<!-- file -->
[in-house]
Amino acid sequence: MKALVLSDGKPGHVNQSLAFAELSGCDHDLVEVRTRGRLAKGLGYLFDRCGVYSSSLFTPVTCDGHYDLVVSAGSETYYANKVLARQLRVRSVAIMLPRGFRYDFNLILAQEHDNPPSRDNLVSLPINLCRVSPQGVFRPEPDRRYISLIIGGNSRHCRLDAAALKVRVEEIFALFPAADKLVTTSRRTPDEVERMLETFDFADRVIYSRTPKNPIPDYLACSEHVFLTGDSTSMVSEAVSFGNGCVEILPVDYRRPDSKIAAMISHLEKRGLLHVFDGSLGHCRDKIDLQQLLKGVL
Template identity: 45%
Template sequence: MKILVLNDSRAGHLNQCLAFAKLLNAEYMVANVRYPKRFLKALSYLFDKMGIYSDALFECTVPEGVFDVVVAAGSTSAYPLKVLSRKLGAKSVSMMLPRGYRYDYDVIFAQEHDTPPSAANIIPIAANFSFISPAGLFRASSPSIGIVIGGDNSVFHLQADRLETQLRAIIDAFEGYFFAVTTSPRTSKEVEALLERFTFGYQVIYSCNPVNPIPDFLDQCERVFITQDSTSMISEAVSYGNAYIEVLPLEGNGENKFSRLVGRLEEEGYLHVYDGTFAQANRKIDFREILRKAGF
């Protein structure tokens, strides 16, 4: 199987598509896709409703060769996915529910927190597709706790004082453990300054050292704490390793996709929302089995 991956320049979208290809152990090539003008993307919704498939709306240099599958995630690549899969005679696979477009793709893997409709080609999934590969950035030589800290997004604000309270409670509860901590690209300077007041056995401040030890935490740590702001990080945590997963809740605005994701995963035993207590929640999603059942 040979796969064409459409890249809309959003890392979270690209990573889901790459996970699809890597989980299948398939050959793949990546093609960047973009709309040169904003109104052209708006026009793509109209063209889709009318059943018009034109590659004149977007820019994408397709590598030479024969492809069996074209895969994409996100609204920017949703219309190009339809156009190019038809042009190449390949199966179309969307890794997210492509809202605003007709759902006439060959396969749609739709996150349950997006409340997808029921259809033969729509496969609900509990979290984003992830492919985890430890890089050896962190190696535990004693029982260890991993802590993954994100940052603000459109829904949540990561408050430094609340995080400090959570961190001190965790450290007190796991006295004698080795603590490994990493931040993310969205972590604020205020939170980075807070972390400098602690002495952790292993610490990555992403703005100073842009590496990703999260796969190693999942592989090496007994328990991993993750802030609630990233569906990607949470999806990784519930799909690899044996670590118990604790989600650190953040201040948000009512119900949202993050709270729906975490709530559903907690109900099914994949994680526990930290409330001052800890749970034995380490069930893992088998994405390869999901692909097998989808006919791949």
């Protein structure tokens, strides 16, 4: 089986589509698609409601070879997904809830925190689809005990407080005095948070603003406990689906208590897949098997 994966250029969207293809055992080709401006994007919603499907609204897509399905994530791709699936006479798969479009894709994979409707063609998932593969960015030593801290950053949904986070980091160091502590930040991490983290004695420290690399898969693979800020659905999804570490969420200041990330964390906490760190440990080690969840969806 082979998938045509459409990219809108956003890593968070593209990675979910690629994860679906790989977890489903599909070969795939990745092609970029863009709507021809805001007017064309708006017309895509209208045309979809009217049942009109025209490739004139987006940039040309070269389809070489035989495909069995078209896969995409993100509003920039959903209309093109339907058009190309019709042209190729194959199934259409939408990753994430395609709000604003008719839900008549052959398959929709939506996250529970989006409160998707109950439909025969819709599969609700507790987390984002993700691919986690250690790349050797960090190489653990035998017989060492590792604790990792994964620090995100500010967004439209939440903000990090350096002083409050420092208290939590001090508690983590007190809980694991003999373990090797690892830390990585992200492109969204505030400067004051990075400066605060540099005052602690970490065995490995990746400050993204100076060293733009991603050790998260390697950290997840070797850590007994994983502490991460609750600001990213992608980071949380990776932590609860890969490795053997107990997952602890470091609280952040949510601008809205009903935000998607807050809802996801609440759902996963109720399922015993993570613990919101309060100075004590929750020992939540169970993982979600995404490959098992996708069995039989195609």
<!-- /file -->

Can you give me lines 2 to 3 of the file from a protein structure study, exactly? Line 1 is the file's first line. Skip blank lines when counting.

Amino acid sequence: MKALVLSDGKPGHVNQSLAFAELSGCDHDLVEVRTRGRLAKGLGYLFDRCGVYSSSLFTPVTCDGHYDLVVSAGSETYYANKVLARQLRVRSVAIMLPRGFRYDFNLILAQEHDNPPSRDNLVSLPINLCRVSPQGVFRPEPDRRYISLIIGGNSRHCRLDAAALKVRVEEIFALFPAADKLVTTSRRTPDEVERMLETFDFADRVIYSRTPKNPIPDYLACSEHVFLTGDSTSMVSEAVSFGNGCVEILPVDYRRPDSKIAAMISHLEKRGLLHVFDGSLGHCRDKIDLQQLLKGVL
Template identity: 45%